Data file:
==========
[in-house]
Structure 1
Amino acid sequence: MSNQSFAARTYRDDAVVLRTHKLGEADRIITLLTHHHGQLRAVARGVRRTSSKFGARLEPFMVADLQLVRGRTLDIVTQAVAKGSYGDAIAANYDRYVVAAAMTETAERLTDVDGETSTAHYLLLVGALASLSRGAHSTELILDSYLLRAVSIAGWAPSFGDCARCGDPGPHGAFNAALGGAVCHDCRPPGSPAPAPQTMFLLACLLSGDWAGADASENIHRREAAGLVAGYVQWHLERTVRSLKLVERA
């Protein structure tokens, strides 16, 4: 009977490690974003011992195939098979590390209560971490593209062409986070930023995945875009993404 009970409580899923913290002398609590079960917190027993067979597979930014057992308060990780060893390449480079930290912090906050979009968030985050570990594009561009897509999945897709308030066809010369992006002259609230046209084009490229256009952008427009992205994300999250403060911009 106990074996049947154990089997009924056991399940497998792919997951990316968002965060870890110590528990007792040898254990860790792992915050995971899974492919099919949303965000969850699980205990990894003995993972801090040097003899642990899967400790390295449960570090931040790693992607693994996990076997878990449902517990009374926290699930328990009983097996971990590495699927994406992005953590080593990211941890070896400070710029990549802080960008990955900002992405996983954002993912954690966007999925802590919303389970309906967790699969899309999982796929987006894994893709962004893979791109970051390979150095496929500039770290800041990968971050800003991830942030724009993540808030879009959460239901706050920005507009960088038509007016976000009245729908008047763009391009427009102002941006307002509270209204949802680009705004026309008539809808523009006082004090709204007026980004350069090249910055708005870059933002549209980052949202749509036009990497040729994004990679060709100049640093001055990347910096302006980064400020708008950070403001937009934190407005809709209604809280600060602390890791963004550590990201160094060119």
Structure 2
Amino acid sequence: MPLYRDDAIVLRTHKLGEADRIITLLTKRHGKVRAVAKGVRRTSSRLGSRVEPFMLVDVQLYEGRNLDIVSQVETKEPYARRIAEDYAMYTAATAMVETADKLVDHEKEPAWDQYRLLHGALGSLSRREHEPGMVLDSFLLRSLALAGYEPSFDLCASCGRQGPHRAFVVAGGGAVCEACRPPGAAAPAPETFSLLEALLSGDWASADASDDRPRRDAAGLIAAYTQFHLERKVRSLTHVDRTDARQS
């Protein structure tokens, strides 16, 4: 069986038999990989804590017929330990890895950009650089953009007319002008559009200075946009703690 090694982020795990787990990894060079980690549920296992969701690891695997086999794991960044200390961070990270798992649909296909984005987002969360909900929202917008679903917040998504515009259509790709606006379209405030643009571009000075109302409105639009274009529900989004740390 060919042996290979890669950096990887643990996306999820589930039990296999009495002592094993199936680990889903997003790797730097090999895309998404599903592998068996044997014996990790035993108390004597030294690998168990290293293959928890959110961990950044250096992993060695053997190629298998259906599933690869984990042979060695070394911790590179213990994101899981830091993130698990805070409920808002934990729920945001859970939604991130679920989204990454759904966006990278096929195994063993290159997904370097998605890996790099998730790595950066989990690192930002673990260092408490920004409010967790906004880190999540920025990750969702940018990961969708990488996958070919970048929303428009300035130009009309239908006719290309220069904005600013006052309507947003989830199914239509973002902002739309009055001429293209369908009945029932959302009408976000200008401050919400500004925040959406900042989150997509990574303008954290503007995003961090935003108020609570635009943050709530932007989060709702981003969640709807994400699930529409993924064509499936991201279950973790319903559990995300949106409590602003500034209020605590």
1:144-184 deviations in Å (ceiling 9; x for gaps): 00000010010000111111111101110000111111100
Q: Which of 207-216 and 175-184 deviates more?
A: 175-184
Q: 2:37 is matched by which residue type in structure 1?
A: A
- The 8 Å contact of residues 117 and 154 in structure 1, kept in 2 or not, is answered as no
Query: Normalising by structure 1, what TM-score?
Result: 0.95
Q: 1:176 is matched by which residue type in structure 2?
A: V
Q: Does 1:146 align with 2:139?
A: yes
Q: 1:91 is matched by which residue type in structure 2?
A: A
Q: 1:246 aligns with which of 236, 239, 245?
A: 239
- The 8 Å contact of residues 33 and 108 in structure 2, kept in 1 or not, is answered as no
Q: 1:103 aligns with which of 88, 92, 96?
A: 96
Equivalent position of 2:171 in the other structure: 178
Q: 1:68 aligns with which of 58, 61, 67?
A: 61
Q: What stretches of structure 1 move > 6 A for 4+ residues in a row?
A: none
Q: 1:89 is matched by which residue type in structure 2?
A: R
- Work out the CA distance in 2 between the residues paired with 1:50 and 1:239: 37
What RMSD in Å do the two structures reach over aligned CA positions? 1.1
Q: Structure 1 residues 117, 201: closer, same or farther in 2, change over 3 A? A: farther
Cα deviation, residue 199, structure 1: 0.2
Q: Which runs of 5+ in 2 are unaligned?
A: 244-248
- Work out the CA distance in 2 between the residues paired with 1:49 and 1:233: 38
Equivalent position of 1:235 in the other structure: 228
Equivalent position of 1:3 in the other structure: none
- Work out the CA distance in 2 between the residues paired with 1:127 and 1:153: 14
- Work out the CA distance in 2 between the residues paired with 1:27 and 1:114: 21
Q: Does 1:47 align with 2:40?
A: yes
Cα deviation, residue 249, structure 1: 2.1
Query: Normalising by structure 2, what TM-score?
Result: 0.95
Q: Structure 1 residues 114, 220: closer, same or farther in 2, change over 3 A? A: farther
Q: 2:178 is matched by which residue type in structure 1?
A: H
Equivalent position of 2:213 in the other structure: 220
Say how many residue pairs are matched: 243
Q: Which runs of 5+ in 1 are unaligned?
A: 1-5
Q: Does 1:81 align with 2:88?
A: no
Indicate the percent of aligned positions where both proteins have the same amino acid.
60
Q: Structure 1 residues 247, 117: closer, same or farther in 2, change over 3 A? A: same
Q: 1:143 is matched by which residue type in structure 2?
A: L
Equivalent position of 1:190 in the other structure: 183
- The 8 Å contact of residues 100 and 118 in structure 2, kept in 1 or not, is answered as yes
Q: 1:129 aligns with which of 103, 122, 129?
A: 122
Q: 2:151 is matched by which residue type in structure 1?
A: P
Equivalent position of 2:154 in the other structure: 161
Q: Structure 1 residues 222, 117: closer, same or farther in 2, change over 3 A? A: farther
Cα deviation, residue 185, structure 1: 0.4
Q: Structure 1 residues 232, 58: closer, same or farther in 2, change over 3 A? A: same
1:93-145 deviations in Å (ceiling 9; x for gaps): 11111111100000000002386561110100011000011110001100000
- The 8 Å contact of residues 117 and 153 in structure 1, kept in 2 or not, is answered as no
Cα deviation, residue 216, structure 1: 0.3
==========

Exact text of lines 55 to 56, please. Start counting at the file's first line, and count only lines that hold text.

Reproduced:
Q: Which runs of 5+ in 1 are unaligned?
A: 1-5